The Opera House in Damascus and the State of Exception
This article examines the relationship between the Opera House in Damascus and Al-Assad dynasty. Hafez Al-Assad ordered the building of the Opera House but it remained unfinished till he died. His son Bashar opened it after three decades of construction. It is argued that leaving the institution unfinished was due to uncertainty regarding its identity, place in the bureaucratic hierarchy, and meaning in a totalitarian regime. Theatre institutions were driven to take oppositional positions against one another, and the Opera House intensified this model of enmity.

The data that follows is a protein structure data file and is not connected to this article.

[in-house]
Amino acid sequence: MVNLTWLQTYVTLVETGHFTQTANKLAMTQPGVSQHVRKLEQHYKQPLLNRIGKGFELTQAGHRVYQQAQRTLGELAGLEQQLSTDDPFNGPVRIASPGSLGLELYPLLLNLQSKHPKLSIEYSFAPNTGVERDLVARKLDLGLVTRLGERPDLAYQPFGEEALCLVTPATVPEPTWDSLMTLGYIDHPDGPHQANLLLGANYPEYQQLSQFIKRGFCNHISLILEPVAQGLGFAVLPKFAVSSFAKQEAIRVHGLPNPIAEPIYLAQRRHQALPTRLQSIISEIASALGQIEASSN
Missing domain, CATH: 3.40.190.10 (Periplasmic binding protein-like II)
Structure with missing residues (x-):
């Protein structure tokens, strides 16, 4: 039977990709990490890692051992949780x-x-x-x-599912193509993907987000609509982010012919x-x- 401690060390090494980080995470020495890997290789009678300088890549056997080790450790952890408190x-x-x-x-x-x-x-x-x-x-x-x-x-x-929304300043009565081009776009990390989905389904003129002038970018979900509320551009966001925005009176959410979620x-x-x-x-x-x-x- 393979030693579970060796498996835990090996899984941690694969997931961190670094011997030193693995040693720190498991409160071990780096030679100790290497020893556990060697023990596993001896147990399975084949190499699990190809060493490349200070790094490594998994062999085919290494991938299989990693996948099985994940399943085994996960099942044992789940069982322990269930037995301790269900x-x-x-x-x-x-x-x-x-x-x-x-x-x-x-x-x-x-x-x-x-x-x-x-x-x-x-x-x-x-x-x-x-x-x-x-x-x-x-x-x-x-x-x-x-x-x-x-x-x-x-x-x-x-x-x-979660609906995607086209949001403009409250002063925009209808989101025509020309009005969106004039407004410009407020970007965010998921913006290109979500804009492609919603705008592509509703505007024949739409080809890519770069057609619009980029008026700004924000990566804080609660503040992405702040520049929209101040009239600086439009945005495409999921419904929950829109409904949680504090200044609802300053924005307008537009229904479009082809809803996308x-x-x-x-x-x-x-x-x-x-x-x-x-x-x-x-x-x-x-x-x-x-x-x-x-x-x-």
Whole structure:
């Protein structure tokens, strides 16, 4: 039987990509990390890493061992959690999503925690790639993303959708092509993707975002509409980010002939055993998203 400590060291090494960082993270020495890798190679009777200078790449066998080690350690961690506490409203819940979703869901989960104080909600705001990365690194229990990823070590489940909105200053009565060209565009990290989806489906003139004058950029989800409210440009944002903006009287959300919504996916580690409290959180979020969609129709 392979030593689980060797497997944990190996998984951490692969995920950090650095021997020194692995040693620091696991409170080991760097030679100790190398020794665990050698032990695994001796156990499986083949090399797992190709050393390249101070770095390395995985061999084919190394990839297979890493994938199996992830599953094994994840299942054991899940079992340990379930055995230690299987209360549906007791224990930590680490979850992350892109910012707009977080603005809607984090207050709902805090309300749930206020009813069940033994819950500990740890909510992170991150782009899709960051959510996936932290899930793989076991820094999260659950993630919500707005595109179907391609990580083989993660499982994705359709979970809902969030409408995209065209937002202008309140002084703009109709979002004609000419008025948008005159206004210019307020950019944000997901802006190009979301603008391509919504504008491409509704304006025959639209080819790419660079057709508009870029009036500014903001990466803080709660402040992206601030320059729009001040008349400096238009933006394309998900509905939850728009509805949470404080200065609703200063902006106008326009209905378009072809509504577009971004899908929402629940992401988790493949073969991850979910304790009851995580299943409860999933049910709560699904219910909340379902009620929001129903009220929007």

No theatre houses were built during the reign of Hafez Al-Assad, but theatre directorates increased with no space to host their productions. Syrian practices and discourses of identity prioritise the need to defeat the enemy that has no tangible trace in the Syrian life. These aspects intensified enmity among theatre makers and theatre institutions. The Opera House was a hope for many Syrians, but it played a role in dividing the Syrians too. It is concluded that the exceptional trait and the location of the Opera House have left many significances on the building and on its design as well as on its activities and that the Opera House, in relation to Al-Assad dynasty, has become one of the critical topics during the Syrian war.